Setting age limitations for various distances for juniors in road racing is difficult enough, but Fiji, and other tropical race destinations, pose the extra complicating factor of frequently hot, humid runs. Children produce less sweat and are less efficient at cooling, and take longer to acclimatise to hot conditions. Thus, time of day, time of year and expected temperature (and humidity) can make an impact on who and what age juniors should be running.
Other factors in determining what age juniors should be running various distances include physical and emotional maturity, health, and training undertaken.
Children are more prone to overuse injuries, such as stress fractures, joint cartilage injuries (eg. osteochondritis dissecans), and apophyseal injuries like Osgood-Schlatters and Severs disease.
There is agreement that a progression of maximum distance in juniors is recommended.
Below is a table with recommendations for distances from 5km through to marathon for 5 different countries from their National Athletics bodies. Note, some of these are policy, some are guidelines/recommendations, while some are just verbal suggestions as no written policy is in place. Also note the overall temperature and climate of each region, most are temperate/cold.
Distance UK Canada USA Australia Ireland
5km 12 10 6 – 16
10km 15 14 13 12 18
21km 17 16 15 16 18
Marathon 18 18 18 16 18
As you can see, there is a great deal of variation. Thus, it is almost impossible to develop a “one size fits all” policy for global running.
Therefore, the below policy endorsed by SUVA MARATHON TRUST are to be observed in all Club events.
Suva Marathon Club Age Restrictions
- 5km Minimum age 10 years
- 10km Minimum age 14 years
- 21km Minimum age 16 years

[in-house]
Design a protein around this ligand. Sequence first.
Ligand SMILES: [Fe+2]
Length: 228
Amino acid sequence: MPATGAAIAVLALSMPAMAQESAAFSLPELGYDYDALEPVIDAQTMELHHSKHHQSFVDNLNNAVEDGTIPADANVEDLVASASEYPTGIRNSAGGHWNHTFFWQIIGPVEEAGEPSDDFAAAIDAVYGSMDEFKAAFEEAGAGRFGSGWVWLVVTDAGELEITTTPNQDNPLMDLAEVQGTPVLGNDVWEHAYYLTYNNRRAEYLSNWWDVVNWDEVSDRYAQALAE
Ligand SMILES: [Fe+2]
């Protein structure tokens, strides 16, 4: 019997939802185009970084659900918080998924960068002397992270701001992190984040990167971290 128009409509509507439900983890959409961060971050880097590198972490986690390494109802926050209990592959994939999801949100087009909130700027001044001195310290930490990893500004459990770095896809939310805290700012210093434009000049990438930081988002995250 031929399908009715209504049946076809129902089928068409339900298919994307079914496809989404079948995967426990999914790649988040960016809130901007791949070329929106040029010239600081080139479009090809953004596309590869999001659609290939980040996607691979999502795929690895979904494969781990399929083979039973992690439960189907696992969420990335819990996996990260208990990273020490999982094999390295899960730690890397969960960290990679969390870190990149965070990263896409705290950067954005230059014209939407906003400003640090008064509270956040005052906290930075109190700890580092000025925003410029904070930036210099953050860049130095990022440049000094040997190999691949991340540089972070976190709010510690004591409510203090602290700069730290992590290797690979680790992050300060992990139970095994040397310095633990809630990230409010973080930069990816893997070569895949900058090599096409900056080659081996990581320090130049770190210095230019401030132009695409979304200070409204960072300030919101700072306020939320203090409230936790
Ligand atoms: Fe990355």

- 42km Minimum age 18 years
Advice which Race Directors and Event Organisers should give to parents of juniors who are involved in running could include, but not be limited to:
- Emphasis should be on fun and participation rather than speed/record breaking (clubs should consider not having course records for juniors)
- They follow an acceptable, supervised training program
- They have no injury or pain during training
- They maintain normal growth in both height and weight
- Their health, nutritional intake and sleep patterns remain good
- They maintain good social interaction and academic performance during training
- Female juniors maintain normal menstrual function during training
Particular events such as trail running require additional consideration due to remoteness, topography, fauna and flora. To mitigate risk, further conditions could be placed on younger runners, such as requiring responsible adults to accompany junior runners.
Reference: ATHLETICS NORTH QUEENSLAND – Age Limitation Guidelines for Road Running – January 2017 (supplied by Yvonne Mullins, Executive Director, OAA)
- Approved : 8 November 2019
- Reapproved by SMC Trustees Board, 19 February 2020